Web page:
Flavonoids are phenolic compounds composed of fifteen carbons that are found in land plants, including bryophytes (hornworts, liverworts, mosses) and vascular plants (ferns, gymnosperms , and angiosperms ). There are five major types of flavonoids: anthocyanins, flavones, flavonols, isoflavonoids, and proanthocyanidins. They are synthesized in the cytoplasm and subsequently accumulated in small vacuoles that fuse with the central vacuole in both the epidermis and cortex. The original function of flavonoids in plant cells is thought to be defensive, providing protection against insect, fungal, and viral attacks and consumption by invertebrate and vertebrate herbivores . Over evolutionary time, their functions became diverse. Anthocyanins in floral and vegetative tissues range in colors from yellow to blue. Those found in petals and pollen grains of the flower attract pollinator insects and birds that visit for food. Visibly colorless flavonoids in the epidermal cells, such as flavones and flavonols, serve as ultraviolet shields for the underlying cells. Proanthocyanidins accumulate in vacuoles of cortical cells, seed coats, and secondary tissues such as bark, where they form mixtures of brown-black reddish pigments called condensed tannins in the walls. Isoflavonoids and flavones are secreted into the surrounding soil layers and function as signals in the interaction between plant roots and nitrogen-fixing bacteria to form nodules.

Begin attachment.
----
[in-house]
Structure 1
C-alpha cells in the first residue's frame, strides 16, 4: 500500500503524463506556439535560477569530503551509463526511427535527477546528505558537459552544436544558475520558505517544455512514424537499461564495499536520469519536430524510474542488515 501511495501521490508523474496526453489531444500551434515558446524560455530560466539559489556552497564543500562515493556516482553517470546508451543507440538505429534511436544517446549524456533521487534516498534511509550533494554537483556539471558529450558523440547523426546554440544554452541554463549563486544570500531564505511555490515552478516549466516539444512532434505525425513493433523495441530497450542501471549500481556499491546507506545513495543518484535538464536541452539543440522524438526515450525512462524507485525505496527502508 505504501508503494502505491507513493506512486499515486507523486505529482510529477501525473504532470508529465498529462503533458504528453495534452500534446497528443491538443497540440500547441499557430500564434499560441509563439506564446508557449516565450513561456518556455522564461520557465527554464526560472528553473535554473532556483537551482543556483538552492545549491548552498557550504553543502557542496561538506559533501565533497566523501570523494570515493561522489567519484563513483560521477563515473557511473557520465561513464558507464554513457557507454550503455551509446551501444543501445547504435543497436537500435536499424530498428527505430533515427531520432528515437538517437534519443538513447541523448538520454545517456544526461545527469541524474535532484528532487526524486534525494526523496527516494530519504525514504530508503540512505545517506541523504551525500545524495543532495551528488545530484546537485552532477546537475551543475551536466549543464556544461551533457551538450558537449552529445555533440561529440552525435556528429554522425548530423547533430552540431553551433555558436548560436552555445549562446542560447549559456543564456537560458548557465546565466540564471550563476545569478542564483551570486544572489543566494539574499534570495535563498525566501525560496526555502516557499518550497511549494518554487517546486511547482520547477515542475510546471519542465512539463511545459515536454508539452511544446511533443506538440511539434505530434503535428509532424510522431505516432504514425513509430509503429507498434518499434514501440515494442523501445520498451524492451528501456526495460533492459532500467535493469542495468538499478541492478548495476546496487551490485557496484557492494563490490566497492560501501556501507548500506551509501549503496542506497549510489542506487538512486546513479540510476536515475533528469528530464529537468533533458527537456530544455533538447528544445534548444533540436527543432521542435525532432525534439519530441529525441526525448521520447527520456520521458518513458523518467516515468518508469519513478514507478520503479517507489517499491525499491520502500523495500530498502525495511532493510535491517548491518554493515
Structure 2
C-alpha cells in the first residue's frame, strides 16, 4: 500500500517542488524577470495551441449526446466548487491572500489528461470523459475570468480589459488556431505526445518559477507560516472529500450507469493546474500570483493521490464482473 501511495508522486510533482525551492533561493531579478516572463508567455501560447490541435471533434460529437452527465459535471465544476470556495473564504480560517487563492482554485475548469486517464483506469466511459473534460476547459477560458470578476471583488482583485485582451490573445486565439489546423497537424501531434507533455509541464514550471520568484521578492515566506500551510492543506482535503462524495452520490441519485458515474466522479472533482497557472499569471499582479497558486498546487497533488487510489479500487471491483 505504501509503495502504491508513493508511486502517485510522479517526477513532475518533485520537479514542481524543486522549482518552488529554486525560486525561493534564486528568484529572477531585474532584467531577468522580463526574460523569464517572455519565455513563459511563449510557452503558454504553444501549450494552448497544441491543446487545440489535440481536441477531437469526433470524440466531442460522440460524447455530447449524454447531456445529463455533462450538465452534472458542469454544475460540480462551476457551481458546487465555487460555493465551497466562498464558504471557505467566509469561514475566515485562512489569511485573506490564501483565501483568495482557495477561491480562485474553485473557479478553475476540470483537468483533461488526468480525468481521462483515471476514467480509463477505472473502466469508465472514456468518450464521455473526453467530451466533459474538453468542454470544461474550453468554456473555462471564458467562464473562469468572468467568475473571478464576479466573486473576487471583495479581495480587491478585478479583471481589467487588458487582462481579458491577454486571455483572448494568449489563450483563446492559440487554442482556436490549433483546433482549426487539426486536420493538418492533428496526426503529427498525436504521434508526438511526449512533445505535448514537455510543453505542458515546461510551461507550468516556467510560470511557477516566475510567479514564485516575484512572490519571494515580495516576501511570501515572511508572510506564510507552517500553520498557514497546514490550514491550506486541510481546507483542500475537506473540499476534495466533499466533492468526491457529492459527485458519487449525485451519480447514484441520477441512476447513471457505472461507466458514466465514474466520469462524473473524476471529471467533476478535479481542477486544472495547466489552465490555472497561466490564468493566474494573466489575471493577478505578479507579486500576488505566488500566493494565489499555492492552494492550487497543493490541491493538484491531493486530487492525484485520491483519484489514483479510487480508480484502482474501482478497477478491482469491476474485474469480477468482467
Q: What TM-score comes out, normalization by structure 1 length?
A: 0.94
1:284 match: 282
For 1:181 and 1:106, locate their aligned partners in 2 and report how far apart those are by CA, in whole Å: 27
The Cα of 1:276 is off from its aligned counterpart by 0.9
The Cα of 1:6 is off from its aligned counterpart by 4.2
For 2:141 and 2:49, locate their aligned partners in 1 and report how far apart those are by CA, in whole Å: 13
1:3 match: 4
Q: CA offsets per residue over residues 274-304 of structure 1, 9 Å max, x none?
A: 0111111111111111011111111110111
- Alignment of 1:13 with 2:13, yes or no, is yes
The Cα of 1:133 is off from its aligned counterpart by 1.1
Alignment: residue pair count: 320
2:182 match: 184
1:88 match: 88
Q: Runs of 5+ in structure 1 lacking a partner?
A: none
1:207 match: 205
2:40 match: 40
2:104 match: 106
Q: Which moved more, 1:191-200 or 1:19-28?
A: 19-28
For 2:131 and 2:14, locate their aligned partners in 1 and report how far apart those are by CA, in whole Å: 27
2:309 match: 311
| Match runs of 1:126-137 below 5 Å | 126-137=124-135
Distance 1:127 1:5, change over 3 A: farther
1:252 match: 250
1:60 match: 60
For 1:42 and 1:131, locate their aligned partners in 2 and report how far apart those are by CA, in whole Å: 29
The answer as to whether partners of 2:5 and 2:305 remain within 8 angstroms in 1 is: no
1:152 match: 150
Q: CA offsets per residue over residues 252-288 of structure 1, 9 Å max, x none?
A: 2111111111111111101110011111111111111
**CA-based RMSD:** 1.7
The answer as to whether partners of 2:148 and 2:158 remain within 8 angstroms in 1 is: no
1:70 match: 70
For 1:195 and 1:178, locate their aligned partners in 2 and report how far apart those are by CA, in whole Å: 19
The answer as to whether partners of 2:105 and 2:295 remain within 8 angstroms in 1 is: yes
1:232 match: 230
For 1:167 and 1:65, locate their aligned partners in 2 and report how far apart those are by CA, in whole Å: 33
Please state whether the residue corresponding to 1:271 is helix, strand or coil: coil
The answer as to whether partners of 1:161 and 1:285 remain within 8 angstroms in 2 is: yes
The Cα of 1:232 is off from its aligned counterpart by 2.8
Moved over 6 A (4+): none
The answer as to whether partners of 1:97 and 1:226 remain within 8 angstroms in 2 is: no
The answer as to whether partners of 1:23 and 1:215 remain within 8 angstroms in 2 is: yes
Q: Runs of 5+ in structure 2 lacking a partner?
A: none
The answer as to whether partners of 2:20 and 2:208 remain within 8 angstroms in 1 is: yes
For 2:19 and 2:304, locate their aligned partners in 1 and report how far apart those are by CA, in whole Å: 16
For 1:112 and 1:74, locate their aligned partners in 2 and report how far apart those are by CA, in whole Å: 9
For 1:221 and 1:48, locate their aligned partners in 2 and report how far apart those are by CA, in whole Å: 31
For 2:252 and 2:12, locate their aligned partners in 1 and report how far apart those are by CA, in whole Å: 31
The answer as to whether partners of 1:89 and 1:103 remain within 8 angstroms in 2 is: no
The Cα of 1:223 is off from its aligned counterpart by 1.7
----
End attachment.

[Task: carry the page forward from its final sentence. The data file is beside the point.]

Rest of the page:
see also Anthocyanins; Pigments; Vacuoles.
Helen A. Stafford
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——. "Teosinte to Maize—Some Aspects of Missing Biochemical and Physiological Data Concerning Regulation of Flavonoid Pathways." Phytochemistry 49 (1998): 285-93.
Some of the flavonoids have pharmacological actions, but they are not known to be dietary essentials, although claims have been made (they were at one time classified as vitamin P), and are sometimes called bioflavonoids. They may make a contribution to the total antioxidant intake, and some are phytoestrogens.